Copyright Policies and Guidelines

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Copyright Guidelines for Print Reserves

  1. All material placed on Print Reserves will be at the initiative the instructor for the non-commercial, educational usage of students. One copy of a course text may be put on reserve at the request of the instructor.
  2. Consumables such as workbooks or coursepacks produced for a particular course, which are available for students to purchase, will not be placed on reserve.
  3. Whenever possible materials to be copied for Print Reserves will be owned by the faculty submitting them or by the library, and meet Fair Use Guidelines.  For more information check the SBU Libraries guide to Copyright, Fair Use, and Creative Commons.
  4. Longer works, such as complete books, will not be copied for Print Reserves. The library will not reproduce materials to place on Print Reserves without permission if the nature, scope, or extent of copying is judged by the library to exceed the reasonable limits of fair use. Examples of reasonable limits are a single chapter from a book or a single article from a journal.
  5. A copyright notice will appear on the first page of photocopied reserve material to indicate that the material may be covered by copyright law. Appropriate citations or attributions to their sources will be included.
  6. Print Reserves materials belonging to faculty members will be returned to them when no longer needed for reserves.

Copyright Guidelines for Electronic Reserves

  1. All material placed on E-Reserves will be at the initiative of faculty for the non-commercial, educational use of students.
  2. Whenever possible, material to be copied or scanned for E-Reserves will already be owned or purchased by the library. For the purpose of copyright compliance, a full citation (author, title, publisher, date, page numbers) documenting the source must accompany each title requested.
  3. Longer works, such as complete books, will not be copied for E-Reserves. The library will not place materials on the E-Reserves system without permission if the nature, scope, or extent of copying is judged by the library to exceed the reasonable limits of fair use. Examples of reasonable limits are a single chapter from a book or a single article from a journal issue.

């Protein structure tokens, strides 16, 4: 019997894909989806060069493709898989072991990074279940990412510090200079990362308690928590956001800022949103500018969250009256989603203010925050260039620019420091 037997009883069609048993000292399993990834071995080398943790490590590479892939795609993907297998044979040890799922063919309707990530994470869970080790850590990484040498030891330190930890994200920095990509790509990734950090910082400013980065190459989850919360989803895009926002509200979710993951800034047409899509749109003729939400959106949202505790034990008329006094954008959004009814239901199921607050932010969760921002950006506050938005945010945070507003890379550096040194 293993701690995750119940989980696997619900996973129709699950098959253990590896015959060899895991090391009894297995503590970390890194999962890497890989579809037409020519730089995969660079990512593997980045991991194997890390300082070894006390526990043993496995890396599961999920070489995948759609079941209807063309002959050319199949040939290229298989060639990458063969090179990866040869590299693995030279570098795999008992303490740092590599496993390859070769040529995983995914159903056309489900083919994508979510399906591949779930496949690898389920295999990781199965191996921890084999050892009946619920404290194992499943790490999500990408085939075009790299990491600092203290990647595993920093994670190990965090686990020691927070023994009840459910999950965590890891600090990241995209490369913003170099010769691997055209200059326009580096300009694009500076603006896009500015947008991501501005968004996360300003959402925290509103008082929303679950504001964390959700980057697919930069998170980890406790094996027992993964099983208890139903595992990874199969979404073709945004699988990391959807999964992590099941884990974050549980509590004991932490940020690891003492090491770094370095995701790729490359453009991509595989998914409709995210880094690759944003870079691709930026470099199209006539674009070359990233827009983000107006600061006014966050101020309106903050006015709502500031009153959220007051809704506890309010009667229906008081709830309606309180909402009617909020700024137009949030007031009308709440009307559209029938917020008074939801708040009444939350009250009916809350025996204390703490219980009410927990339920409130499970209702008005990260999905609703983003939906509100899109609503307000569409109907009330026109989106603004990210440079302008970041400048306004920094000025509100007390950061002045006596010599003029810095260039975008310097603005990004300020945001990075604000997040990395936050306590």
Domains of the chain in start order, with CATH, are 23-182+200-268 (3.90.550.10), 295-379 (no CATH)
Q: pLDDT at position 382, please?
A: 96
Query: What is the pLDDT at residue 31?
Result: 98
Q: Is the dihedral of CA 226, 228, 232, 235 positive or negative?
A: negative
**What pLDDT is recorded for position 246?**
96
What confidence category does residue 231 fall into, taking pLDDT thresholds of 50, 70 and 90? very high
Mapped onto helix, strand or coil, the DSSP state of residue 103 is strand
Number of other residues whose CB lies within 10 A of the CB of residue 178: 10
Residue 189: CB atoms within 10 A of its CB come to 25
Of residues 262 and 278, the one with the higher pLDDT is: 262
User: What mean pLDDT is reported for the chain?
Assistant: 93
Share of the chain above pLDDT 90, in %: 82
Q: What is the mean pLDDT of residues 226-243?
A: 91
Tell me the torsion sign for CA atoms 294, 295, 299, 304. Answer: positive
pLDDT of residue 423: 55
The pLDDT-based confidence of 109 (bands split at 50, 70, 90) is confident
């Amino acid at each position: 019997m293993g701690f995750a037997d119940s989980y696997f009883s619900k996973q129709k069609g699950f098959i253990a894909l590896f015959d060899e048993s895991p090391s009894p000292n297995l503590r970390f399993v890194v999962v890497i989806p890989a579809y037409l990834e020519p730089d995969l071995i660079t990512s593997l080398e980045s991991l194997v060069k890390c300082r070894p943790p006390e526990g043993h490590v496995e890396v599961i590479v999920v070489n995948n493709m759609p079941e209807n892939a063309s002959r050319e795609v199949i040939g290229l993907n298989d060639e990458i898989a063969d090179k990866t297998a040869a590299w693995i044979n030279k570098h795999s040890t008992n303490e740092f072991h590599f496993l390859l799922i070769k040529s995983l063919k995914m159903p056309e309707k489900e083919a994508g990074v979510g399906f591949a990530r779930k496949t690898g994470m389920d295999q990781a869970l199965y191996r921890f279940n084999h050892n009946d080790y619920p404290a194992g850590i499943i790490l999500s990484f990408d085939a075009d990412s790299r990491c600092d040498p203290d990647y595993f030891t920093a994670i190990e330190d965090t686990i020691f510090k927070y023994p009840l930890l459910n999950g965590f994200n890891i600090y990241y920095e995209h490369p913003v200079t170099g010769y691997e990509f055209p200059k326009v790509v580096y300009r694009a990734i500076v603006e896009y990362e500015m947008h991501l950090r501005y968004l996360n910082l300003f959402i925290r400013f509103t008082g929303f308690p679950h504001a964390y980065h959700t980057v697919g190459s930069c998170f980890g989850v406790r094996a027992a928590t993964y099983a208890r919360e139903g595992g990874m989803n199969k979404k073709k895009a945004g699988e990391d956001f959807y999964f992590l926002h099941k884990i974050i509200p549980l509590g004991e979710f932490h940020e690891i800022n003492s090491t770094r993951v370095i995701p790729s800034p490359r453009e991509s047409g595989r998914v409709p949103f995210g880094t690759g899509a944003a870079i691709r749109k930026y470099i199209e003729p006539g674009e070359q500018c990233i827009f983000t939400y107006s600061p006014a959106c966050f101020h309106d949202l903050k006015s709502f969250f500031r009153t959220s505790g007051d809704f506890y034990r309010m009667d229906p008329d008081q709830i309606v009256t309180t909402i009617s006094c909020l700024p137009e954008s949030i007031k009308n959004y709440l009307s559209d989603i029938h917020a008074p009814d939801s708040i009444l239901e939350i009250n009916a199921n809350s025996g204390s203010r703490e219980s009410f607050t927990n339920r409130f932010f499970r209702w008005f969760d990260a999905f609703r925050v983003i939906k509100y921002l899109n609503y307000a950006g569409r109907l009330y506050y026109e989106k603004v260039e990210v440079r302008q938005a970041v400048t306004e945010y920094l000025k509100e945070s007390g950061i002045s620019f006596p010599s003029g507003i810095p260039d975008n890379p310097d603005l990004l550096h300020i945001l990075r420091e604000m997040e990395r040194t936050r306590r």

4. Course materials such as problem solutions, which are not for sale, may be placed on electronic reserves. Consumables such as workbooks or coursepacks designed for a particular course and available for students to purchase will not be placed on E-Reserves.
  5. There will be no charge for access; charges for printing and photocopies will be nominal.
  6. A copyright notice will appear on screen in the E-Reserves system and on copies made of reserve readings to indicate that the materials may be covered by copyright law. Appropriate citations or attributions to their sources will be included for all electronic files.
  7. Access will be limited to authenticated Stony Brook users.
  8. Electronic files will be removed for the E-reserves system when they are no longer needed for reserves.

For information regarding the Teach Act, see the Campus copyright policy from the Office of the Provost.  See further information about Reproduction of Copyrighted Works by Educators and Librarians and Copyright Basics.

The electronic copying and scanning of copyright protected works for library reserve service and distance learning are unsettled areas of the law, which may be addressed by courts and/or legislation. The libraries will monitor legal developments to ensure that library services are in compliance with the letter and spirit of U.S. copyright law.